No Kill: Are We Running As Fast As We Can?

We all want the United States to get to No Kill as fast as possible, but institutions take time to change. Given the inherent lag time that seems to be built into every human endeavor, are we making No Kill change happen as fast as we can? I think there’s a good argument that the answer to that question is “yes.”

No Kill has two aspects, operational and philosophical. The operational aspect of No Kill was primarily developed from 1976 to 1989 by Richard Avanzino at the San Francisco SPCA. The philosophical aspect was developed by Ed Duvin in the late 1980s. The 1990s were a time of further innovation in No Kill, growth of a movement, and tremendous progress in reducing shelter intake through sterilization programs. By the year 2000 all systems were go for No Kill.

Municipal shelters in several small, progressive communities reported live release rates of 90% or more in 2000, including Otsego County in Michigan and several towns in Colorado. The success of these small communities was important for the morale of No Kill advocates, but it was still unknown whether No Kill could work outside of the context of small communities with lots of resources.

There were a number of big cities where No Kill efforts started in the years just before and after the millennium, including Austin and Richmond in 1997, Jacksonville in 2001, and New York City and Atlanta in 2002. The timeline for No Kill success in large cities proved to be very different from the quick success in the progressive small communities. In Austin it took 14 years to get to No Kill, and in Jacksonville it was 12 years. Richmond was No Kill on and off throughout the 2000s, and New York City and Atlanta are very close today but not quite there yet.

Why did it take so much longer to get to No Kill in big cities? Large cities are always a heterogeneous mix, meaning that the shelter population will include more animals who need intensive help. In some wealthy small communities in Colorado, for example, upwards of 90% of stray dogs are reclaimed, whereas that percentage might be more like 30% in a heterogeneous big city. A typical big-city shelter might get 50% of intake needing medical care or rehabilitation, while the wealthy, progressive small town can turn around 80% of its intake immediately.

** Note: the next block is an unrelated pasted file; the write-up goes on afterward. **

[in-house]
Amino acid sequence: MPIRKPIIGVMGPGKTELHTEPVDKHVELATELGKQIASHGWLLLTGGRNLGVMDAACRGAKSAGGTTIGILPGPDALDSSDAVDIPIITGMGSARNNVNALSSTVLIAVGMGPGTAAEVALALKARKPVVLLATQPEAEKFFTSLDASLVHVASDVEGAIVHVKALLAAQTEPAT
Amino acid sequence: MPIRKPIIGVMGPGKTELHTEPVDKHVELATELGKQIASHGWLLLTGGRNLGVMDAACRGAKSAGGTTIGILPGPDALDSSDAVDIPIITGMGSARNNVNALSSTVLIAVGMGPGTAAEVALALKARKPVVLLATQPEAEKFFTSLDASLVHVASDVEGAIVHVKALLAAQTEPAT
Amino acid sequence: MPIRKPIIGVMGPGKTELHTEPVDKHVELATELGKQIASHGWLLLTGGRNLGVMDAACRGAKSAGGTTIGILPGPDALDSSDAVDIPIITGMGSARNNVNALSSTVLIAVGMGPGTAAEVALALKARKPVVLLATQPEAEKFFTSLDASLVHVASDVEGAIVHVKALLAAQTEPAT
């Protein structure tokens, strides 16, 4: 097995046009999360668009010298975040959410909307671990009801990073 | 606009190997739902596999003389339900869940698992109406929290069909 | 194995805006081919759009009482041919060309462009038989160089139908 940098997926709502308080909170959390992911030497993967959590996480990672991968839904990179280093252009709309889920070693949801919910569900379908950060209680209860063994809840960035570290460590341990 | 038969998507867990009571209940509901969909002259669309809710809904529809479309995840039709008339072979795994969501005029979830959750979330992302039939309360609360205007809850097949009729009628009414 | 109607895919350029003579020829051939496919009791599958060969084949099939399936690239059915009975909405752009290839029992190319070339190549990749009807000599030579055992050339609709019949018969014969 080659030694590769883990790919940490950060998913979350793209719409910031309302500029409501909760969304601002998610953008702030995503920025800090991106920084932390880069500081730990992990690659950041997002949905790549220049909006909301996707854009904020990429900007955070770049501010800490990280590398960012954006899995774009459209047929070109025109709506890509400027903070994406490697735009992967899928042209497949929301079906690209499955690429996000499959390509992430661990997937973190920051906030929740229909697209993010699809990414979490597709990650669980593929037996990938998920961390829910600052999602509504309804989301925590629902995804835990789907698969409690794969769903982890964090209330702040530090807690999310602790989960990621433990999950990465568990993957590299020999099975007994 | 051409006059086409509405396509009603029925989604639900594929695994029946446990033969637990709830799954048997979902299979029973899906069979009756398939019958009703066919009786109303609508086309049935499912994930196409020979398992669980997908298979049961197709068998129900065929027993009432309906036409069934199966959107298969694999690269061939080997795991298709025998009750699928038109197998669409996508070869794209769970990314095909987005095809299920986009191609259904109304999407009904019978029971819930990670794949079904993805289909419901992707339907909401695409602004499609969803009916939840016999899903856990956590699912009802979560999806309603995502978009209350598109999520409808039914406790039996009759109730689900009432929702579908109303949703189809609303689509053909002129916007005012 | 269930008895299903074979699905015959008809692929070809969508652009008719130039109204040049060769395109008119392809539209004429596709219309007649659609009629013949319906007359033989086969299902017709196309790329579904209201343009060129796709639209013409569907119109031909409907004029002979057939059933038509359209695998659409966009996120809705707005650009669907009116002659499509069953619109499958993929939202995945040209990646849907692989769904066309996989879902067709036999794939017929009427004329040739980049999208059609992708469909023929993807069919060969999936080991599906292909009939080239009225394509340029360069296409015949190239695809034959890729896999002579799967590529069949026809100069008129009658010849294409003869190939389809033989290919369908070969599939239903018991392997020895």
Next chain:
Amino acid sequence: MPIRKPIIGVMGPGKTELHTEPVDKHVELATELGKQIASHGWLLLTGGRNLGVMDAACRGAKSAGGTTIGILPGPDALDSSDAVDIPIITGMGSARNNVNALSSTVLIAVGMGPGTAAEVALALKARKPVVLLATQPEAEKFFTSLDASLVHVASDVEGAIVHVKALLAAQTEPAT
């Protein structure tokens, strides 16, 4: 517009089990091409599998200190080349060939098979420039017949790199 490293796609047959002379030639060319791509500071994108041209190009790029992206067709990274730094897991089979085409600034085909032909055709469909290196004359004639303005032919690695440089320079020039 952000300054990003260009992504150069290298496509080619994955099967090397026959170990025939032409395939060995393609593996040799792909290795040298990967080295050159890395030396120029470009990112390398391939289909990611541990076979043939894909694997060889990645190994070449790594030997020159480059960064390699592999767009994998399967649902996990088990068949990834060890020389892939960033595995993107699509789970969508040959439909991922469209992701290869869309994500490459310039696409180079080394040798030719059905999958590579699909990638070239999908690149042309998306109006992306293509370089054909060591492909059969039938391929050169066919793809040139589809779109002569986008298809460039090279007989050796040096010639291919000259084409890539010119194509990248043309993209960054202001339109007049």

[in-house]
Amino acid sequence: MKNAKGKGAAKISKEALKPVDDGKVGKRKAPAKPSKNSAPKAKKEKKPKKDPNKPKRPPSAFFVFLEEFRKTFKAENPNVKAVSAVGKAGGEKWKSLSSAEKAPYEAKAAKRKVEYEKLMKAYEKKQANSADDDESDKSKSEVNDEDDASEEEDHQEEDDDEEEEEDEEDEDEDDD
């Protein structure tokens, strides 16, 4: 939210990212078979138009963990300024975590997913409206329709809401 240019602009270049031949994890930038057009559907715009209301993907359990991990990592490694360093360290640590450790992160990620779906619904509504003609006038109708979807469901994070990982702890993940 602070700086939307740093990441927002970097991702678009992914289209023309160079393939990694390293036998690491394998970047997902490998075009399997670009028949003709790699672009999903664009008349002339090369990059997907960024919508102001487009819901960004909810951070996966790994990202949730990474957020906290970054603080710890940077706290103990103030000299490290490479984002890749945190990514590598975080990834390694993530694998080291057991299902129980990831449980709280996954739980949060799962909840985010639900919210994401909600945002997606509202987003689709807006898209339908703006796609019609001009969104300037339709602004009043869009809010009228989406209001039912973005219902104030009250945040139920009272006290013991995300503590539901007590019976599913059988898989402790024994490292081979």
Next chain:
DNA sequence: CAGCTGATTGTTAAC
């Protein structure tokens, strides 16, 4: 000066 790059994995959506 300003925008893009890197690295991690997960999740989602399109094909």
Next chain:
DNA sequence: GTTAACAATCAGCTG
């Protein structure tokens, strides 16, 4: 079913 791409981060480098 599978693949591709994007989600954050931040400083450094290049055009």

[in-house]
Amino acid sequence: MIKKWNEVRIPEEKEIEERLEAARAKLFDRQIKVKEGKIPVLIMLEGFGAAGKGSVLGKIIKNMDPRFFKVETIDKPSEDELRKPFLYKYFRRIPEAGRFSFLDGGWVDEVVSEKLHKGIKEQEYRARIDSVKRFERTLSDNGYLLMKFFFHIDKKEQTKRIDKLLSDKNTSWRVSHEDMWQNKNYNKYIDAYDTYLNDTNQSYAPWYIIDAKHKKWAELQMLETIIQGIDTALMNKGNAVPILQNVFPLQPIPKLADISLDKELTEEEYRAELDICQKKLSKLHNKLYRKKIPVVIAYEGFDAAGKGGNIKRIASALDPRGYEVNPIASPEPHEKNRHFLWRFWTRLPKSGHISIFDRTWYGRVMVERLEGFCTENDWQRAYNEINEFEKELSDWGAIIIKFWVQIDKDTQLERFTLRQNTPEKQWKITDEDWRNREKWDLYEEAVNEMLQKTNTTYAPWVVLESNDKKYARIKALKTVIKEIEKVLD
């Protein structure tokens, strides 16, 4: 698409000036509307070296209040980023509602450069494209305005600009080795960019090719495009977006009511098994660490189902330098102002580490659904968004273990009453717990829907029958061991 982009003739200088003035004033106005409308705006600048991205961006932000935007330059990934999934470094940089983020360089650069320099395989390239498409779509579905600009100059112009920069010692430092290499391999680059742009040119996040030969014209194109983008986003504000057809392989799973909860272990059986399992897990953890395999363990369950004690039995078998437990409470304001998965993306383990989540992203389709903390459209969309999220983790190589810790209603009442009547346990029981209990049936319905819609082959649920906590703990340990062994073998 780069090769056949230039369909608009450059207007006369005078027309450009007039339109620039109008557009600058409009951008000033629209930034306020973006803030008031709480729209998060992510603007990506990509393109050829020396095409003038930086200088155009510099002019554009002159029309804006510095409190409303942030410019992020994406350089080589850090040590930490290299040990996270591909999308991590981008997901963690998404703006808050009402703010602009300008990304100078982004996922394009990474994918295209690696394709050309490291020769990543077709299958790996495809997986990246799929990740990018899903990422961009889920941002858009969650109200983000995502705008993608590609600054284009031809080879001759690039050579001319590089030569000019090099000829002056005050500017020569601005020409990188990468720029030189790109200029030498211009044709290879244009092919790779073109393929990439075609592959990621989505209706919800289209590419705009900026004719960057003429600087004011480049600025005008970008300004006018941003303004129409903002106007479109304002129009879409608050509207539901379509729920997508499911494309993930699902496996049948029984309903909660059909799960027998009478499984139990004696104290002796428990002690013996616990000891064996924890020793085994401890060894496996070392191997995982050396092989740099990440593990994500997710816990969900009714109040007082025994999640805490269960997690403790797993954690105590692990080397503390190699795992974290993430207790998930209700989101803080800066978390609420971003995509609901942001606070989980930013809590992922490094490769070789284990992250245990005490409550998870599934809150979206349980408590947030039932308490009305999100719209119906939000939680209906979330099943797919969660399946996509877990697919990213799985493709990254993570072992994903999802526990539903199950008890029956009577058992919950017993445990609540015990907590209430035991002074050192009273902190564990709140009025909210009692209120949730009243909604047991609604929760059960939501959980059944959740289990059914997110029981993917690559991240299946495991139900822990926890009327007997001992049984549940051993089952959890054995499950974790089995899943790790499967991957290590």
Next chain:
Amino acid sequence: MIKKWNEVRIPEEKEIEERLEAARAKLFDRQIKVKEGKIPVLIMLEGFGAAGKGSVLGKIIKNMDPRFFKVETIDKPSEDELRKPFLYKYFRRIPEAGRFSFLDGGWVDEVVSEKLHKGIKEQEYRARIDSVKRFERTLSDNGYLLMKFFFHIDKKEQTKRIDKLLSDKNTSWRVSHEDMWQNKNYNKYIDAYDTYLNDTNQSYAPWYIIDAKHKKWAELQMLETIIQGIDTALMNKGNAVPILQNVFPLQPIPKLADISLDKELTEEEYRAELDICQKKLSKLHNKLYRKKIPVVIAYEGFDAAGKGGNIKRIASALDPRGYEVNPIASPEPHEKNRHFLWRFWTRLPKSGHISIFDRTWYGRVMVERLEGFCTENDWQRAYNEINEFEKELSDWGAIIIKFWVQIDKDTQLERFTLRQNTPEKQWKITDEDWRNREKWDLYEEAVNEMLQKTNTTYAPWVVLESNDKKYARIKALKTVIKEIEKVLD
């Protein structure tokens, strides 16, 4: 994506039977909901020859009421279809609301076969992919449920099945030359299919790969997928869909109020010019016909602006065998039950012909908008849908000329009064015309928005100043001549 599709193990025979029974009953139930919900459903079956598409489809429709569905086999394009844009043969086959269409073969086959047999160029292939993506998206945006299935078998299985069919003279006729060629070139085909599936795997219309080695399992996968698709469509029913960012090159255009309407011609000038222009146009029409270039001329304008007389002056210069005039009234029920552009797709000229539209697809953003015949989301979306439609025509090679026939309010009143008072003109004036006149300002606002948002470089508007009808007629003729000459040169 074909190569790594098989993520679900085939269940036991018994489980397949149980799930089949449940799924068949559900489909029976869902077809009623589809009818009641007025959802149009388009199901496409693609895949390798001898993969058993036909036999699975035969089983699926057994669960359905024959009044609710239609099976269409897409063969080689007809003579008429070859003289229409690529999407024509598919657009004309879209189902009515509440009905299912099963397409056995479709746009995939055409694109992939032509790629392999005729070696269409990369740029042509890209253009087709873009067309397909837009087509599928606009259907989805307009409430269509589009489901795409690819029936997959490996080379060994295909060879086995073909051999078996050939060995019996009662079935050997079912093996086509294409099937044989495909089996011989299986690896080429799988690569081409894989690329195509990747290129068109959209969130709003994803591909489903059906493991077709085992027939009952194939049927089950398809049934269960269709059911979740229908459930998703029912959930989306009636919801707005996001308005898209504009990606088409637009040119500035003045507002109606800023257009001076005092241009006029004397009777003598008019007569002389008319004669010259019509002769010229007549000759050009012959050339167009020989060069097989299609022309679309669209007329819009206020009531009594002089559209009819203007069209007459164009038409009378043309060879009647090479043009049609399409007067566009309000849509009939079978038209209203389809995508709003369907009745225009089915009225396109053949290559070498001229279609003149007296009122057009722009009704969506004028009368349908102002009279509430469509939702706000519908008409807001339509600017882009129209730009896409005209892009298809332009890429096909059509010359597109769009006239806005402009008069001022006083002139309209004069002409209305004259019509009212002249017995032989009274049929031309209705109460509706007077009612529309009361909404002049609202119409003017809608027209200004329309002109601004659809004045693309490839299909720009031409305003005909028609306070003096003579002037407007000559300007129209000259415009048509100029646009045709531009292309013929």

Today we know that a highly successful model for No Kill in a big city is to have one or more large, private non-profit organizations in the city dedicated to taking at-risk animals from the city shelter. Non-profits can raise money more easily than a municipal shelter for medical and behavioral cases. They are not bound by union and social media rules that can hamper the efficiency of a city shelter. And having a partner can help the city shelter cope with massive influxes of animals in times of natural disaster,

Recognition of the synergy of the public-private partnership has greatly sped up the timeframe for No Kill transitions in big cities. San Antonio, a city in the deep south with high shelter intake and a large stray population, is one example. San Antonio’s city government adopted a plan in 2011 that included the city recruiting and subsidizing high-volume rescue partners. The results have been stunning, and San Antonio has recently been running at nearly a 90% save rate for its shelter animals. No Kill transitions in other cities that do not have the level of challenges that San Antonio faced should happen even faster if the public-private model is embraced from the beginning.

Today, of the twenty largest United States cities, ten have either achieved No Kill or are getting close. Several of the remaining ten have No Kill efforts underway. We are on track to have the great majority of our large cities either at No Kill or with a serious effort underway by 2020. This is excellent progress considering that No Kill did not really become feasible in most communities until around the year 2000. A twenty year period is not bad at all for reform of an institution that was as neglected and backward as the twentieth-century animal shelter. We can always do better, but we are running toward No Kill at a pretty good pace.

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